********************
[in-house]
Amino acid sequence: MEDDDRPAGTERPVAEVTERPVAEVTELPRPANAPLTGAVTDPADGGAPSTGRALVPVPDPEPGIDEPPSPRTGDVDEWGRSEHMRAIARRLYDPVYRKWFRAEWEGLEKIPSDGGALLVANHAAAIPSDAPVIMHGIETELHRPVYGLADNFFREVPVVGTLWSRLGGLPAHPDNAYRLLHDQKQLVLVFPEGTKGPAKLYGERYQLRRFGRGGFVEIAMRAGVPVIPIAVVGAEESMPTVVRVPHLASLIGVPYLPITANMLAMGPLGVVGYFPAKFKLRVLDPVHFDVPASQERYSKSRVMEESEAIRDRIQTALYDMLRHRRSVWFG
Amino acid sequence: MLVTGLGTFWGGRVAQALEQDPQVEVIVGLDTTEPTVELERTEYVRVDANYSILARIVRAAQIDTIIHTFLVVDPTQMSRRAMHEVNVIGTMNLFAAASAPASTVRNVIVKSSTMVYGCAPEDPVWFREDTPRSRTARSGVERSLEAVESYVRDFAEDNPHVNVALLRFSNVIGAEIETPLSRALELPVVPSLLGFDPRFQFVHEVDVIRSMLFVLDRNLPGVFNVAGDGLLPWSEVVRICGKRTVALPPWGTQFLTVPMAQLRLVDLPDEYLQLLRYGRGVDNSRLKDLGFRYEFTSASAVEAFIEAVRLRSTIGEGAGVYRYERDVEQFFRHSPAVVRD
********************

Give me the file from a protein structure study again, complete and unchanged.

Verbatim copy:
[in-house]
Amino acid sequence: MEDDDRPAGTERPVAEVTERPVAEVTELPRPANAPLTGAVTDPADGGAPSTGRALVPVPDPEPGIDEPPSPRTGDVDEWGRSEHMRAIARRLYDPVYRKWFRAEWEGLEKIPSDGGALLVANHAAAIPSDAPVIMHGIETELHRPVYGLADNFFREVPVVGTLWSRLGGLPAHPDNAYRLLHDQKQLVLVFPEGTKGPAKLYGERYQLRRFGRGGFVEIAMRAGVPVIPIAVVGAEESMPTVVRVPHLASLIGVPYLPITANMLAMGPLGVVGYFPAKFKLRVLDPVHFDVPASQERYSKSRVMEESEAIRDRIQTALYDMLRHRRSVWFG
Amino acid sequence: MLVTGLGTFWGGRVAQALEQDPQVEVIVGLDTTEPTVELERTEYVRVDANYSILARIVRAAQIDTIIHTFLVVDPTQMSRRAMHEVNVIGTMNLFAAASAPASTVRNVIVKSSTMVYGCAPEDPVWFREDTPRSRTARSGVERSLEAVESYVRDFAEDNPHVNVALLRFSNVIGAEIETPLSRALELPVVPSLLGFDPRFQFVHEVDVIRSMLFVLDRNLPGVFNVAGDGLLPWSEVVRICGKRTVALPPWGTQFLTVPMAQLRLVDLPDEYLQLLRYGRGVDNSRLKDLGFRYEFTSASAVEAFIEAVRLRSTIGEGAGVYRYERDVEQFFRHSPAVVRD